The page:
barometer; the 12th, of the winds; and the last, the account of the weather generally. The observations were continued, without much interruption, from the middle of February to the middle of August, when the author arrived at Ceylon, commencing in the 49th degree of north latitude, and 6 degrees west longitude, and proceeding round by the Cape of Good Hope and the Isle of France. The experiments on the density of the sea water were made on portions of water drawn from the surface of the ocean, its temperature being reduced by calculation to 80°, a number which was fixed upon because it is nearly the mean annual température of Ceylon, and of the sea generally in the intertropical regions. The results of these experiments show that the ocean resembles the atmosphere with respect to the general uniformity of its composition, the specific gravity of the water being very nearly the same in all the different trials. The number of observations recorded is 36; the highest specific gravity is 10277, and the lowest 12051. These variations seem to have no connexion with the temperature, or at least not to bear any regular proportion to it. The differences seemed rather to depend upon what may be regarded as incidental circumstances, as the roughness of the surface, a heavy fall of rain, and a succession of tropical squalls. Dr. Davy's observations controvert an opinion which has been adopted, that the different zones of the sea have each their peculiar specific gravity.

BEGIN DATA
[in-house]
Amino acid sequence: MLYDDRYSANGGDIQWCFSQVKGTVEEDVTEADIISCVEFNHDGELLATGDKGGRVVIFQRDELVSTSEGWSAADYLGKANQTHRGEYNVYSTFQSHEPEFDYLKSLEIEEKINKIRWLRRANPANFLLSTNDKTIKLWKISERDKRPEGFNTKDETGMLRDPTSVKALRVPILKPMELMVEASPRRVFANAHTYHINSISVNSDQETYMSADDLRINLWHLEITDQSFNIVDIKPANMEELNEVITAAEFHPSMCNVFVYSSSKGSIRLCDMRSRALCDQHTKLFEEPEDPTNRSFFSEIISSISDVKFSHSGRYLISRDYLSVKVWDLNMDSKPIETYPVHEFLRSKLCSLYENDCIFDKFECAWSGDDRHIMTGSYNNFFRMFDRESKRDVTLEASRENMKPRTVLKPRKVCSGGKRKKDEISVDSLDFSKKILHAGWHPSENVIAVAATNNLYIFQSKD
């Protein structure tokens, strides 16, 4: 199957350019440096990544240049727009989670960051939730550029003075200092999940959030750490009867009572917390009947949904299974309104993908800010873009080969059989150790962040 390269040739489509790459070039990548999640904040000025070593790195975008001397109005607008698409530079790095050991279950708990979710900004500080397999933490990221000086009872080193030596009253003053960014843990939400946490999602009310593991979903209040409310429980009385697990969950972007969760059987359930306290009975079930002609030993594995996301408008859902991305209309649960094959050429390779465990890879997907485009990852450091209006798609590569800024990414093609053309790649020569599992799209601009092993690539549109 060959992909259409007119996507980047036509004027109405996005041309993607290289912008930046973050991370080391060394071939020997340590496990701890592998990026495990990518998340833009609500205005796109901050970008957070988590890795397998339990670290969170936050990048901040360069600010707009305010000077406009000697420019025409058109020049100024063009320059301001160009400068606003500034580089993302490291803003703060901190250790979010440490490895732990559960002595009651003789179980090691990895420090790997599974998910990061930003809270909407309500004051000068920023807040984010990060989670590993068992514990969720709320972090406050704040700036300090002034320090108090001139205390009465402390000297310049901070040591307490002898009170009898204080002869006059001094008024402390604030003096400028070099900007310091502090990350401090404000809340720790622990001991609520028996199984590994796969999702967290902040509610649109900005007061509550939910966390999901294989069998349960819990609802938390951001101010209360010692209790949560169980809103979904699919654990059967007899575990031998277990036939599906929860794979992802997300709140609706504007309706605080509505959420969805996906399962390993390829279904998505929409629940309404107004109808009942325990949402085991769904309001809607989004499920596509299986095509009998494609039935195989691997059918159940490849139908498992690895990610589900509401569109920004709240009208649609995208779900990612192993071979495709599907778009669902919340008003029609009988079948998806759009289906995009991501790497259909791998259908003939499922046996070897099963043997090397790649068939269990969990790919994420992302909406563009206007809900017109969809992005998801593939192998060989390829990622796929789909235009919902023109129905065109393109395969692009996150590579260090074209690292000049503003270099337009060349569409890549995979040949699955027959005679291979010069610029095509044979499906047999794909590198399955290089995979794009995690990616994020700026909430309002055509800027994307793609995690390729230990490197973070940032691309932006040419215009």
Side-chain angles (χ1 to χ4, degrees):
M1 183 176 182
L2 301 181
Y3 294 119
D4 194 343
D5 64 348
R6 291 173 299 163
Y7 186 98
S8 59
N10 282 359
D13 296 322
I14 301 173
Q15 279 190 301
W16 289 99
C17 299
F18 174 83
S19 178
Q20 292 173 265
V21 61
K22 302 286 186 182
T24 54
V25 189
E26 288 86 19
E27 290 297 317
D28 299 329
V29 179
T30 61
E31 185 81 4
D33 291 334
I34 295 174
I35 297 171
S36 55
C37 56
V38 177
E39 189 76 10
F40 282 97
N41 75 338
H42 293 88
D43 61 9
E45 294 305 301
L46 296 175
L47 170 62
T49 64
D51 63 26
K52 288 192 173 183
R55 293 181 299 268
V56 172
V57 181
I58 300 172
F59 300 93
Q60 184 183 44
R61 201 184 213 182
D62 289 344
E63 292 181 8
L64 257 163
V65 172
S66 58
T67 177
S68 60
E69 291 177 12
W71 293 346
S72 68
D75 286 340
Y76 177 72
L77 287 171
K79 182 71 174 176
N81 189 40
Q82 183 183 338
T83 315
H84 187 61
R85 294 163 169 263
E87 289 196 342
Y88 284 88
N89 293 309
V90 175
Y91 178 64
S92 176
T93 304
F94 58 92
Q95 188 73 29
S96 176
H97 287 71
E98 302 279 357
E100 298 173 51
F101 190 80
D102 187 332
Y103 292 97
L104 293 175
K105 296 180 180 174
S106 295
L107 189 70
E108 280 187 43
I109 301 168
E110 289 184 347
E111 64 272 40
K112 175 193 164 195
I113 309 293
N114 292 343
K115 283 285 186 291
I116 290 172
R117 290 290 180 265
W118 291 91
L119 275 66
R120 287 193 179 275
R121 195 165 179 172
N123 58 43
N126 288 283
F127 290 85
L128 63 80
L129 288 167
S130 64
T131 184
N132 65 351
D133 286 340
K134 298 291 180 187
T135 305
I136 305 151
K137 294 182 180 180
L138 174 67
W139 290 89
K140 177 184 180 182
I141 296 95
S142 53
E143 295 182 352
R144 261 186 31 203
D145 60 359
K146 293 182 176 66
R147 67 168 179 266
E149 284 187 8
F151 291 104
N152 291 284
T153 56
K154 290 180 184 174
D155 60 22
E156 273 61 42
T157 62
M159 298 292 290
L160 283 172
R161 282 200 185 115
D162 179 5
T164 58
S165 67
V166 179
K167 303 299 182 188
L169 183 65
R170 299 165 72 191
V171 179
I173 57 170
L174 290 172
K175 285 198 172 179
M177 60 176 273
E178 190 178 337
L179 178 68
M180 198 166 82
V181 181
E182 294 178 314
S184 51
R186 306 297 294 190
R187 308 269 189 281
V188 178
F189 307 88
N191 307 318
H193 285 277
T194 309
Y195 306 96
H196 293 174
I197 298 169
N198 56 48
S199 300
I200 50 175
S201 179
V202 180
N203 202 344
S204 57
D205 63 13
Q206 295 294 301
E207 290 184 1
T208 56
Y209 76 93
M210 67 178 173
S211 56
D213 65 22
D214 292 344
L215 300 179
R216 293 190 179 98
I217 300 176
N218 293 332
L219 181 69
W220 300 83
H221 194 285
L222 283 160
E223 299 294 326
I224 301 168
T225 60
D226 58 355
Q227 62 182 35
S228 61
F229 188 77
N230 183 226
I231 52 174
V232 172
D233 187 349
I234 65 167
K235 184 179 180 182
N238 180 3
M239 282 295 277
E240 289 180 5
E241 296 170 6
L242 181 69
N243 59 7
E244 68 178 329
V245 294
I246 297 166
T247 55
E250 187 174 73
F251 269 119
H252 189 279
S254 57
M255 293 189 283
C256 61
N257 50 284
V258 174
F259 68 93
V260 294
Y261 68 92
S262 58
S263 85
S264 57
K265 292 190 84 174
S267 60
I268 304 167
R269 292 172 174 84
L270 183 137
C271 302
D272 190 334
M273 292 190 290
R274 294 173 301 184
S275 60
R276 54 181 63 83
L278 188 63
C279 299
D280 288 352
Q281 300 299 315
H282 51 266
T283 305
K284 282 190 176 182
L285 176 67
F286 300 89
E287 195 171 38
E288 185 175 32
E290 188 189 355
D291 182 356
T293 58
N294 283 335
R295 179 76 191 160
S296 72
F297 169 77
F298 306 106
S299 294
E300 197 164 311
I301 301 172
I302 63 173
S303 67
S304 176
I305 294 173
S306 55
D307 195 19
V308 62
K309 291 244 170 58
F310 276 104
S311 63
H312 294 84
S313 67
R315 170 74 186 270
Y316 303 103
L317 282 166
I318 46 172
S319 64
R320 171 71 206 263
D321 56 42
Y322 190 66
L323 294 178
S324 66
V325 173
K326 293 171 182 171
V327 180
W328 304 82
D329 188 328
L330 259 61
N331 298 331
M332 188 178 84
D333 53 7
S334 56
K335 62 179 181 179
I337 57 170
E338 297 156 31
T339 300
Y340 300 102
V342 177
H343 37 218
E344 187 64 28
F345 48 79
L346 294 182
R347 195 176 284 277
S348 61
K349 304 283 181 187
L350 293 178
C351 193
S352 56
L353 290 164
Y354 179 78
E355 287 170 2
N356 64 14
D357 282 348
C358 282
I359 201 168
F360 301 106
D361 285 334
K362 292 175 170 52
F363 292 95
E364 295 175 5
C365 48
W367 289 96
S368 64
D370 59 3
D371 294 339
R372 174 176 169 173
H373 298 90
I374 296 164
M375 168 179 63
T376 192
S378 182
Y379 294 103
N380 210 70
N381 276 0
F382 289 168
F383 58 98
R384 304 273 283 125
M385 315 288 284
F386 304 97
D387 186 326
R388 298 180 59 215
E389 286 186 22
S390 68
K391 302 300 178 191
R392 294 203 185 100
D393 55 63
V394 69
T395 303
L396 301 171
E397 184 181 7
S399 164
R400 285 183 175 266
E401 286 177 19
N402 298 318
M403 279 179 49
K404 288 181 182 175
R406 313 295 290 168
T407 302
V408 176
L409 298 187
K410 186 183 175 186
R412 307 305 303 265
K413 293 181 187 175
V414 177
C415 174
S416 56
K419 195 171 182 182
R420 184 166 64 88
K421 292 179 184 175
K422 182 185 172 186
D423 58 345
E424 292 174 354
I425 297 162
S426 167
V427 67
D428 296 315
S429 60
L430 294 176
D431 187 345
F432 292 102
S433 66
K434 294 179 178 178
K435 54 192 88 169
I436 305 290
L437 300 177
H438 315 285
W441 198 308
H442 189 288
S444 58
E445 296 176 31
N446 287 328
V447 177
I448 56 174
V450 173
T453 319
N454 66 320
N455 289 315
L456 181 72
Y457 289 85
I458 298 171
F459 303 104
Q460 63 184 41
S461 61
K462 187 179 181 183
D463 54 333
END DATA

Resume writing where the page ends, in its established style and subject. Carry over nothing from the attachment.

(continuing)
With respect to the temperature of the air and water, the observations were made every two hours with delicate thermometers. Dr. Davy conceives that the temperature of the atmosphere in hot climates has been frequently overrated from the thermometer not being sufficiently protected from the radiation of caloric by neighbouring bodies. The highest temperature that is noted is 82°; this occurred at 2° 10' north latitude, about five days before they arrived at Ceylon; the uniformity of the temperature in these regions is very remarkable, the maximum and minimum not differing more than 3° or 4° in ordinary cases, and seldom more than 5° or 6°. The author has made an observation on the diurnal variation of the temperature of the atmosphere at sea which had not been before noticed, which, when the weather is fine, and the wind steady, appears to have few exceptions: the air was "at its maximum temperature precisely at noon, and at its minimum towards sun-rise. But many circumstances were found to disturb the regular progression: on the one hand, in a perfect calm the accumulation of heat, not only in the ship, but in the water itself, cause the greatest heat to occur some time after the hour of noon, and by showery and unsettled weather the regular variation was still more disturbed.

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Contrary to what is commonly asserted, the diurnal change of temperature in the sea is very nearly as great as in the atmosphere. When there were the fewest disturbing causes, the weather fine, the surface smooth, and no land near, the